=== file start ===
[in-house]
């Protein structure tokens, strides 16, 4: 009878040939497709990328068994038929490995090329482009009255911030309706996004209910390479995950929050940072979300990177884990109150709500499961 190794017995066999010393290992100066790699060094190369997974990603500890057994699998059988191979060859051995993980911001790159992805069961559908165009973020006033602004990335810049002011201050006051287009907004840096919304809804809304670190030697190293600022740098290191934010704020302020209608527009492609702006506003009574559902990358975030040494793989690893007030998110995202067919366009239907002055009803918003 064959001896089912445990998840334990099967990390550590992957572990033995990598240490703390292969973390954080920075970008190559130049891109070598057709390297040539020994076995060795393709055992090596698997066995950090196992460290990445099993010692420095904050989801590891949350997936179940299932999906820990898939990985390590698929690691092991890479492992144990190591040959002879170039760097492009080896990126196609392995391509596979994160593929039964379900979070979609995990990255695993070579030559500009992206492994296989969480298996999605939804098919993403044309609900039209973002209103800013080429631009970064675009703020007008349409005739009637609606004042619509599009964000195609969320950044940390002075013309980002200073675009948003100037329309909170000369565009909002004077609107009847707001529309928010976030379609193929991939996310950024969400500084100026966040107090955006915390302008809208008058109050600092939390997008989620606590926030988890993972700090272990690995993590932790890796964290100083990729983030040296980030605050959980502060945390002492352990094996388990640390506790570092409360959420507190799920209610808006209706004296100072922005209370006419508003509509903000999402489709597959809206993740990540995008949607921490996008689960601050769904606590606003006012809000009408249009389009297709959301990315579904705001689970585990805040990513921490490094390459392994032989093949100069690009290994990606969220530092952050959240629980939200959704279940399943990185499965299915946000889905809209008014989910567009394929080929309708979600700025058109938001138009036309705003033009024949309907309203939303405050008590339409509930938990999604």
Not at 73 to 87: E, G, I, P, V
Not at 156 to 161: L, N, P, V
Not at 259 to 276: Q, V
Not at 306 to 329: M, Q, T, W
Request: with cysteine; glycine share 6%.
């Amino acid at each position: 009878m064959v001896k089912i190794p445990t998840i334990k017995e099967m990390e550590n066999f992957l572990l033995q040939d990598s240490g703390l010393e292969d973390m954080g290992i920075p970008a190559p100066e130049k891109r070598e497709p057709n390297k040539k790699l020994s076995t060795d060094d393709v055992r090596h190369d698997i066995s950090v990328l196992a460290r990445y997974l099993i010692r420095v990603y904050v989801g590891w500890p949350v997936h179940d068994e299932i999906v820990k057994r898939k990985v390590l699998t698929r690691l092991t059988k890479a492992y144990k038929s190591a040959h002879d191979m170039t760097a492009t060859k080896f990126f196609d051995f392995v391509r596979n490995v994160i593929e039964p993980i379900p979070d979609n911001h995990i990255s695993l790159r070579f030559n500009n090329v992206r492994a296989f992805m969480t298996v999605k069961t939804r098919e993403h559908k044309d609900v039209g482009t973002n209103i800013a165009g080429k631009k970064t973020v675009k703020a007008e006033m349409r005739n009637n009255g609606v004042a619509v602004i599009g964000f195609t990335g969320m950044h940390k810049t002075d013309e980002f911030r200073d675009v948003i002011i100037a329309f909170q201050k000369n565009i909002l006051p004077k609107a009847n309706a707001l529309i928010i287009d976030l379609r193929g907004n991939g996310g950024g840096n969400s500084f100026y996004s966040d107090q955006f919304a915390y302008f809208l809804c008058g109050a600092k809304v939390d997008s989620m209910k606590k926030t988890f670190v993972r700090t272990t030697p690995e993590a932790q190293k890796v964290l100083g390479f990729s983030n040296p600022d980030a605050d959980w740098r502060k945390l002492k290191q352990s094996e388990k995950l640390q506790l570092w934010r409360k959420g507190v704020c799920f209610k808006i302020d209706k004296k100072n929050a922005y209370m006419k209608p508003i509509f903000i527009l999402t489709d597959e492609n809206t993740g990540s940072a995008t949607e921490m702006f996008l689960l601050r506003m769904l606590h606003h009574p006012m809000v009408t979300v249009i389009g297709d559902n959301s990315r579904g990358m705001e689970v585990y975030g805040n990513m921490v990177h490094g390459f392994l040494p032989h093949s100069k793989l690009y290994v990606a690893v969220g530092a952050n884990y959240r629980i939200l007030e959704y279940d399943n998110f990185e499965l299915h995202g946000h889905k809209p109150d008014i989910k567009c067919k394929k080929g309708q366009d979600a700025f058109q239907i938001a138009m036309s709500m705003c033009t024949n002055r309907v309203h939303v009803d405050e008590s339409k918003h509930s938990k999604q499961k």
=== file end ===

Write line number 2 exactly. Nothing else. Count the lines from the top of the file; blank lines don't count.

């Protein structure tokens, strides 16, 4: 009878040939497709990328068994038929490995090329482009009255911030309706996004209910390479995950929050940072979300990177884990109150709500499961 190794017995066999010393290992100066790699060094190369997974990603500890057994699998059988191979060859051995993980911001790159992805069961559908165009973020006033602004990335810049002011201050006051287009907004840096919304809804809304670190030697190293600022740098290191934010704020302020209608527009492609702006506003009574559902990358975030040494793989690893007030998110995202067919366009239907002055009803918003 064959001896089912445990998840334990099967990390550590992957572990033995990598240490703390292969973390954080920075970008190559130049891109070598057709390297040539020994076995060795393709055992090596698997066995950090196992460290990445099993010692420095904050989801590891949350997936179940299932999906820990898939990985390590698929690691092991890479492992144990190591040959002879170039760097492009080896990126196609392995391509596979994160593929039964379900979070979609995990990255695993070579030559500009992206492994296989969480298996999605939804098919993403044309609900039209973002209103800013080429631009970064675009703020007008349409005739009637609606004042619509599009964000195609969320950044940390002075013309980002200073675009948003100037329309909170000369565009909002004077609107009847707001529309928010976030379609193929991939996310950024969400500084100026966040107090955006915390302008809208008058109050600092939390997008989620606590926030988890993972700090272990690995993590932790890796964290100083990729983030040296980030605050959980502060945390002492352990094996388990640390506790570092409360959420507190799920209610808006209706004296100072922005209370006419508003509509903000999402489709597959809206993740990540995008949607921490996008689960601050769904606590606003006012809000009408249009389009297709959301990315579904705001689970585990805040990513921490490094390459392994032989093949100069690009290994990606969220530092952050959240629980939200959704279940399943990185499965299915946000889905809209008014989910567009394929080929309708979600700025058109938001138009036309705003033009024949309907309203939303405050008590339409509930938990999604």